Russian Soldiers Surrender in Normandy-From YANK Magazine

About the Russians in Normandy

By Sgt. Reg. Kenny

YANK Staff Correspondent

NORMANDY—Two American medics, the motor of their jeep opened wide as they approached the railroad crossing near Portbail—where everyone knew that the Jerries had already zeroed in their 88s—were startled to see two bedraggled fighters in the unmistakable uniform of the German Army waving white flags at their approaching car. Despite the fact that they were unarmed, the medics stopped and ordered the prisoners to get aboard.

Thus started the following incident which might easily be taken from one of Hollywood’s best.



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Under the watchful eyes of an American officer, A Russian Corporal sits in a French farmhouse penning a leaflet urging his comrades to surrender

Cpl. Sansjiar Waliulin, a sandy-haired, happy-go-lucky little guy born in Moscow, joined the Russian Army at the age of sixteen. Six months later, during the siege of Smolensk, he was captured by the Germans. Thrown in prison and fed just enough to keep alive, he found escape was impossible. All around him his fellow captives were ill and dying from lack of treatment. Then, when all seemed hopeless, their captors offered them a chance, knowing well that they were in no position to refuse. “We promise you good food and treatment,” they said, “if you will join one of our voluntary organizations.  Just sign here and you will be released. Otherwise, you will work anyway and your conditions will not improve.”

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Some, like this soldier, were impressed and surrendered quickly.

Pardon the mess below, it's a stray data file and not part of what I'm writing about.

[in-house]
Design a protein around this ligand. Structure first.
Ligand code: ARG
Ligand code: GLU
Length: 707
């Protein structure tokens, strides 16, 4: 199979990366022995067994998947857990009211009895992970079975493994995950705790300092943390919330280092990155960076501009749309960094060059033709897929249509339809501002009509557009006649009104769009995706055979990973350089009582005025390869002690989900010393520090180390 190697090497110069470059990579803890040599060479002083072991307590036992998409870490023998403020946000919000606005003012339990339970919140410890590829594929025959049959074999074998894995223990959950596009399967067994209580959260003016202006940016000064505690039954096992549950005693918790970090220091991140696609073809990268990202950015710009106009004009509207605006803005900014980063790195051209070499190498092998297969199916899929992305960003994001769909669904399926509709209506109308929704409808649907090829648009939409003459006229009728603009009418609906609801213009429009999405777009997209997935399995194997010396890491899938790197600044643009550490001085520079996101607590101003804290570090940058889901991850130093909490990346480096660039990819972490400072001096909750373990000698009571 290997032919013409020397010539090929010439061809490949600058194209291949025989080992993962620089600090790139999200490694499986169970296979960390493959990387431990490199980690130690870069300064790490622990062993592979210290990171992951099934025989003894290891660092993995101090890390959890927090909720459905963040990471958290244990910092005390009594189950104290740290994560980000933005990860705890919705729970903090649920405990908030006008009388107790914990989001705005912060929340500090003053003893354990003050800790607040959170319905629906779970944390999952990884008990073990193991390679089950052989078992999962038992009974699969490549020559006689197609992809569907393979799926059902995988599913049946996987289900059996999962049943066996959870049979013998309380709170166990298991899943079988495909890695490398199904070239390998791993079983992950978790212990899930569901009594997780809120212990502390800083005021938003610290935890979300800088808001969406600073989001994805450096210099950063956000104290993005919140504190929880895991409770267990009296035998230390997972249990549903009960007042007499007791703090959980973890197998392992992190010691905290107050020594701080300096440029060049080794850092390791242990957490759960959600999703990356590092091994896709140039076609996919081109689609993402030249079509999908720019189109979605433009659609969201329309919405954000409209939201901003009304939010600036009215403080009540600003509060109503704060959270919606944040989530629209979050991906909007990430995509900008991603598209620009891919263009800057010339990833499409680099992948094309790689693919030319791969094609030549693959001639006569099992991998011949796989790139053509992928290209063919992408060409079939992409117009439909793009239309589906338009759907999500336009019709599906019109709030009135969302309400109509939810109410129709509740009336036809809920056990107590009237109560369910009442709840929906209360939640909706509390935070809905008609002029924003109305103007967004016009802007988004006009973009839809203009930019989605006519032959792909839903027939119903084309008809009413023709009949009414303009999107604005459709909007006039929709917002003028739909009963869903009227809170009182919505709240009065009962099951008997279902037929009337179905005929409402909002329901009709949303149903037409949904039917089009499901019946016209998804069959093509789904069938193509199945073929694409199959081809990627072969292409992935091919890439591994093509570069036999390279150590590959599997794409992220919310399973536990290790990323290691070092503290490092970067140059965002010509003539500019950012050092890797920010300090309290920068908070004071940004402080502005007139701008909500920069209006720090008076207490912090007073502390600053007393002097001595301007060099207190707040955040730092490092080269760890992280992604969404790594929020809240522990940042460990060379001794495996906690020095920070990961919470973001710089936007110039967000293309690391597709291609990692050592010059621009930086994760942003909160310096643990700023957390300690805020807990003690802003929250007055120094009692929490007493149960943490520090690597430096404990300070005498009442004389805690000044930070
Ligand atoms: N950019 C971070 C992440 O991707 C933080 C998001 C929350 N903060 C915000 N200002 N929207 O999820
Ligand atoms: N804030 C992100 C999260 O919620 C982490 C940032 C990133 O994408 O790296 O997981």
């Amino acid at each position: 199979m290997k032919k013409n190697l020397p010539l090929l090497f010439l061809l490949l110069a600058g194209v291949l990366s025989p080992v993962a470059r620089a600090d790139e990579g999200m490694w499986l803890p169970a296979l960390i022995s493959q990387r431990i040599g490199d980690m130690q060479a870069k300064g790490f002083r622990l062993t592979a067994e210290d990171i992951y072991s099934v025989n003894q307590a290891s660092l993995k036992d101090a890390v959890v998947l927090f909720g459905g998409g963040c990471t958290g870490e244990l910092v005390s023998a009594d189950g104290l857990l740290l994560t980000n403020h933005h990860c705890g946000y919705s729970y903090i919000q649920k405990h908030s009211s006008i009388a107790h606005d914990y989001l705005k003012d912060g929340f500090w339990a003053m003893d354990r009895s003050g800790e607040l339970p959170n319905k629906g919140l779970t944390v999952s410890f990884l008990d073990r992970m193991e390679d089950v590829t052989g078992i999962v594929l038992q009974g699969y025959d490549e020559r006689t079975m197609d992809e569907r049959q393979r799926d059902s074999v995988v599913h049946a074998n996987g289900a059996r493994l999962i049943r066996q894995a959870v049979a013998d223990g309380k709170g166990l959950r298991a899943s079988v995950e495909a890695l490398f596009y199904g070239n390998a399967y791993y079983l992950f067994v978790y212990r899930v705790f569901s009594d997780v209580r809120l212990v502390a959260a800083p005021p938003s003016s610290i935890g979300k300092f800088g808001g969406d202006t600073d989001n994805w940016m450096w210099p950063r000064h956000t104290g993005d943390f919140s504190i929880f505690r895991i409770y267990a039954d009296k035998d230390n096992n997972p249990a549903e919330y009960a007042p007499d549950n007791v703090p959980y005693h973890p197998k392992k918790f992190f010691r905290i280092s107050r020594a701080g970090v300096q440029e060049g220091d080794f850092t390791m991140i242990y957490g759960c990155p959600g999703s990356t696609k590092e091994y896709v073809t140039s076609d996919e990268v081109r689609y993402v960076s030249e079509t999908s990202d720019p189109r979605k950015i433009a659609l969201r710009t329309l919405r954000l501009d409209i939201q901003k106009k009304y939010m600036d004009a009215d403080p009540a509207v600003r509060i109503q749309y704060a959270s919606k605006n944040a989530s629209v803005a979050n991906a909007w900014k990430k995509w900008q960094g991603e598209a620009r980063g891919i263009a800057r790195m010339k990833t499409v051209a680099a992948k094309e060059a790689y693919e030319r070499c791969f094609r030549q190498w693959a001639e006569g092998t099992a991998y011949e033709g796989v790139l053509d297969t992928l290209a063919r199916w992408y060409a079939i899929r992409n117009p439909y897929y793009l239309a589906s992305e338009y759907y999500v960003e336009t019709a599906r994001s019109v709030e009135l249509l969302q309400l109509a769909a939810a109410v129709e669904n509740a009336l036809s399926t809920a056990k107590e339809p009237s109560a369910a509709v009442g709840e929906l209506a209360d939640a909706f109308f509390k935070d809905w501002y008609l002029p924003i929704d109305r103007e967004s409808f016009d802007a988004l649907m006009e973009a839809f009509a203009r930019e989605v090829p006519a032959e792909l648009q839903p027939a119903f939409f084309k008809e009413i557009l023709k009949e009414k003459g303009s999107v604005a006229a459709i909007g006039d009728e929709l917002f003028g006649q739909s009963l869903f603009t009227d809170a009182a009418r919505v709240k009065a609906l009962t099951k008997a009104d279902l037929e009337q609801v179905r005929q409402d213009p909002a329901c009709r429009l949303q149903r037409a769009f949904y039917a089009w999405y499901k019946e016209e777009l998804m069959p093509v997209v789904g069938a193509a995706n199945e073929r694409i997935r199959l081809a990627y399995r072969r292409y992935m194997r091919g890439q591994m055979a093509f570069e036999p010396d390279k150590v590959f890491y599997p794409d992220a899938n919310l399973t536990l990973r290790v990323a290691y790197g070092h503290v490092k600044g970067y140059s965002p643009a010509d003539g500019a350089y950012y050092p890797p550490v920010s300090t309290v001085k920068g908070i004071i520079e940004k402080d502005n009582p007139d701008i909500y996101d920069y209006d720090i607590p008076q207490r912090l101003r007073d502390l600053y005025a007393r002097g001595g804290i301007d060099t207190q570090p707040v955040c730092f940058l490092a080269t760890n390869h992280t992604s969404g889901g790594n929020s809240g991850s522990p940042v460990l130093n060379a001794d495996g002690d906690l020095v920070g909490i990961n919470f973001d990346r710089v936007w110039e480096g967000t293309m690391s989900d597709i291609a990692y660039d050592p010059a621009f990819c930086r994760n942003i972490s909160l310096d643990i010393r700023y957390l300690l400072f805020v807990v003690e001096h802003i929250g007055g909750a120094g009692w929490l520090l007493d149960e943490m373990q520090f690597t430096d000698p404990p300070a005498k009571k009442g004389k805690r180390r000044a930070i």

Grasping at the slim chance of the possibility of escape, the Russian Corporal accepted the offer and together with his fellow captives was put to work digging gun emplacements and building barricades. A few months passed, and then one day he was put into a German uniform, given a rifle and told that he must fight for the “Fatherland.” With the muzzles of his captors’ guns constantly in his back, he could do little but obey. “If only I can escape!” was the thought that kept him going. Freedom was the only thing that he and his comrades talked about.

Two days after their arrival at the front, the little Corporal saw his chance. When none of the German officers or non-coms were around, he picked up his friend Ivan and started down the railroad track, which he knew led into the American lines. As they edged their way across the steel-ribboned “No Man’s Land” toward our lines, their hearts pounded with fear as they waited for the crack of the German rifles or the bark of American infantryman’s guns. Then, where the tracks crossed the road, the American jeep picked them up and they were safe.

No sooner was Cpl. Waliulin safely in custody than he began to repeat over and over, through interpreters, that his countrymen were waiting to surrender, if only they knew how. They were afraid to cross into our lines for fear of being shot.



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Prisoners say that many more of their comrades also would like to accept the offer…

“I will write a note to them,” he said suddenly, “and tell them that it will be safe for them to give themselves up.”

Then, while the Intelligence Officer and his staff hurried about borrowing reams of paper and mimeograph equipment, the little Russian sat down and in large, clear letters wrote:

“Comrades and friends:

Come here! The American soldiers are friends. You will get enough to eat and to smoke. Don’t be afraid. Tell your comrades and Russian non-coms to come. Wave this leaflet over your head. Don’t be afraid! Shoot the Fascist pigs! Come during the day.”

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…and here they carefully point out the position of the battalion on the map to the Americans.